Description from Goodreads:
One messy murder affects the lives of five misfits who exist on the fringes of Ireland’s post-crash society. Ryan is a fifteen-year-old drug dealer desperate not to turn out like his alcoholic father Tony, whose obsession with his unhinged next-door neighbour threatens to ruin him and his family. Georgie is a prostitute whose willingness to feign a religious conversion has dangerous repercussions, while Maureen, the accidental murderer, has returned to Cork after forty years in exile to discover that Jimmy, the son she was forced to give up years before, has grown into the most fearsome gangster in the city. In seeking atonement for the murder and a multitude of other perceived sins, Maureen threatens to destroy everything her son has worked so hard for, while her actions risk bringing the intertwined lives of the Irish underworld into the spotlight . . .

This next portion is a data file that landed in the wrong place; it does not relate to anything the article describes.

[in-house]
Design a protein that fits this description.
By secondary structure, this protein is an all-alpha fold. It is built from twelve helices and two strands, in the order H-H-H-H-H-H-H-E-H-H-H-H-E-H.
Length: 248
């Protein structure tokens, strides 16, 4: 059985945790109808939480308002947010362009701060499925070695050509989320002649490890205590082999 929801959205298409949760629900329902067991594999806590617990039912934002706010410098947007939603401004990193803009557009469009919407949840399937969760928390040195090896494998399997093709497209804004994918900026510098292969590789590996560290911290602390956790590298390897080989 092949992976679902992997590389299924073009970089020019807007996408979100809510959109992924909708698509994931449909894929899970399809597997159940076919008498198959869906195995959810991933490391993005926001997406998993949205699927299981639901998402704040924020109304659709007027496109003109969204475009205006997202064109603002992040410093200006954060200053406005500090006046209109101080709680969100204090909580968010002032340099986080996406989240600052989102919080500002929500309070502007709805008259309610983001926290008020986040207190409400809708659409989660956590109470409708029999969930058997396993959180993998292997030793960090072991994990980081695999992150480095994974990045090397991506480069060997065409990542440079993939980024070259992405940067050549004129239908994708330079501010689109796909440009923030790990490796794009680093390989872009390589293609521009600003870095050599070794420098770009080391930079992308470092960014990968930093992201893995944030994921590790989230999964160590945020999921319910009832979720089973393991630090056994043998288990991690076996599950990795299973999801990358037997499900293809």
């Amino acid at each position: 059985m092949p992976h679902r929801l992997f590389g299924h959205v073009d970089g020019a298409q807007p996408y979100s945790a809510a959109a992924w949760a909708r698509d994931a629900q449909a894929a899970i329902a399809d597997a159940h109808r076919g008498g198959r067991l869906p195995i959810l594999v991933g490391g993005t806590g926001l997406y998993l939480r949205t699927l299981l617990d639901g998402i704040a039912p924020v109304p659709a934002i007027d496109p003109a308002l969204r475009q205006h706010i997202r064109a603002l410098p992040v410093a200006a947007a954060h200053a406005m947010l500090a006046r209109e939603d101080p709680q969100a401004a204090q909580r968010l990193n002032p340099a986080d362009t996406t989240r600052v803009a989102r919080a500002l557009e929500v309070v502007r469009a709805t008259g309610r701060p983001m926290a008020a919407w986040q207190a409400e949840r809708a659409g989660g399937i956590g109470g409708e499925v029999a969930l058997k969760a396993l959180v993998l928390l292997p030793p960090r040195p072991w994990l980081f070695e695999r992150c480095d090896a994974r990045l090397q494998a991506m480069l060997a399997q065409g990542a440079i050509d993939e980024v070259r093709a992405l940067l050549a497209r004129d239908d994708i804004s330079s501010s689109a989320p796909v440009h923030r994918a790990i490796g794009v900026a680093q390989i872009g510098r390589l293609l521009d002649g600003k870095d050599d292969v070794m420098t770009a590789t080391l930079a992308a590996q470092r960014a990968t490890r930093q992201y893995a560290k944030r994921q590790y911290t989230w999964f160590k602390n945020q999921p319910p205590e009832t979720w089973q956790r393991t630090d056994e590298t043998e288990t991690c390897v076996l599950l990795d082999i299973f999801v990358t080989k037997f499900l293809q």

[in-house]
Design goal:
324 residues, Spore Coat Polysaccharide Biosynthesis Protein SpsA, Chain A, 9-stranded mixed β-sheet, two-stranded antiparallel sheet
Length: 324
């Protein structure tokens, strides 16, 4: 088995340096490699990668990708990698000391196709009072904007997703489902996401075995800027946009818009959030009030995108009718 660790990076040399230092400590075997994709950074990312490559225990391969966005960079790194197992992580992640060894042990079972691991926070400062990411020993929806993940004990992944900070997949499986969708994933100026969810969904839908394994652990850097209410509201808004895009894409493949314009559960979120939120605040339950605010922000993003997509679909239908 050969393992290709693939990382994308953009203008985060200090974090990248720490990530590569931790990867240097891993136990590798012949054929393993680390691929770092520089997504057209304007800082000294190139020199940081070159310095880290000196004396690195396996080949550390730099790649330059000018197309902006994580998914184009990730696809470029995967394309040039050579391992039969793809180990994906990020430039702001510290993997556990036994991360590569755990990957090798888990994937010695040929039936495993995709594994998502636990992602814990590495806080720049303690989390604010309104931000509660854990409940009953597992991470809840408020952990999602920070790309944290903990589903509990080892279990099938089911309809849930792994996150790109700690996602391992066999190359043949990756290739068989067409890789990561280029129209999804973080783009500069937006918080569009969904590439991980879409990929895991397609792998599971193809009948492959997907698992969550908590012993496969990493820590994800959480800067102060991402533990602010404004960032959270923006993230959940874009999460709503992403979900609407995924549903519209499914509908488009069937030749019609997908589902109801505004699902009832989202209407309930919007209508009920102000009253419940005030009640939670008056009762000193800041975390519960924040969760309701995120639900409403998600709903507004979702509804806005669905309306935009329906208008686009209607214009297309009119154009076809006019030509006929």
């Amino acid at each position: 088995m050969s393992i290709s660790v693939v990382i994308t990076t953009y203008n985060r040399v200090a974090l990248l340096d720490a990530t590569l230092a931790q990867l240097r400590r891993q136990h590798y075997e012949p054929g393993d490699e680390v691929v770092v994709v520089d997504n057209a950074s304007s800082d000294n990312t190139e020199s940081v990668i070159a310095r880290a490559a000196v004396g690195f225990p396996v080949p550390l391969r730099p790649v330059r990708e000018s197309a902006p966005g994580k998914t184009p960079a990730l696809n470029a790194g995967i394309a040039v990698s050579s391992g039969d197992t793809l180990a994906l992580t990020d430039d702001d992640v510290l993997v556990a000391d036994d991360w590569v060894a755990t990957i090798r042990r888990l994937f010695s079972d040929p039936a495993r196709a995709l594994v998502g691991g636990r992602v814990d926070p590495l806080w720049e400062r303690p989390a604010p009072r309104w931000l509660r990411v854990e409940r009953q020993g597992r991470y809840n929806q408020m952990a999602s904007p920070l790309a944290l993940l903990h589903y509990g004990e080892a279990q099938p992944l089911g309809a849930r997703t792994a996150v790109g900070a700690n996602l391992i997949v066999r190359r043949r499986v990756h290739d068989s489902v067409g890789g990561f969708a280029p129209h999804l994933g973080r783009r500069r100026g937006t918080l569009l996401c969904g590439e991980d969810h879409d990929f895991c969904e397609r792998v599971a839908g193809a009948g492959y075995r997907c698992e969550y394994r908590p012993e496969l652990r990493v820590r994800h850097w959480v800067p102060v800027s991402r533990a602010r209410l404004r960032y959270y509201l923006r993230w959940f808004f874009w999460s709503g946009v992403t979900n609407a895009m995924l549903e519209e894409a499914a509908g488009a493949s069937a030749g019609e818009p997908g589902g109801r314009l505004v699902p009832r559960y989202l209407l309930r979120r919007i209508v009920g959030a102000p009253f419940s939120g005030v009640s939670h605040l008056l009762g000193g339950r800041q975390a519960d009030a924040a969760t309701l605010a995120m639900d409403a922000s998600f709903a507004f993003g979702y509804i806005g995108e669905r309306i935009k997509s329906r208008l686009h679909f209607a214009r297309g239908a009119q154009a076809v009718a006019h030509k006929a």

Biting, moving and darkly funny, The Glorious Heresies explores salvation, shame and the legacy of Ireland’s twentieth-century attitudes to sex and family.
Wow, that was a head trip and one hard read. I could generally only read a couple chapters at a time before needing breathing space. In fact, I read several other books in the time it took me to finish this, and I’m usually a literary monogamist; preferring to read one book at a time.
But despite being gritty and hard to face at times, it’s a stellar book. It kind of has a similar feel to J.K. Rowling’s The Casual Vacancy, except I think it pulls off spotlighting the humanity of the destitute and desperate better than Rowling did.
The characters are fleshed out and human, most of them screw-ups of one sort or another, all constantly cheating one another and themselves in the process, knowingly or not. The plot is twisty enough to keep you interested, but not so much as to feel contrived. And the writing is magnificent! Really, if you are a literary fiction reader, who likes their fiction a little on the dark side pick this up.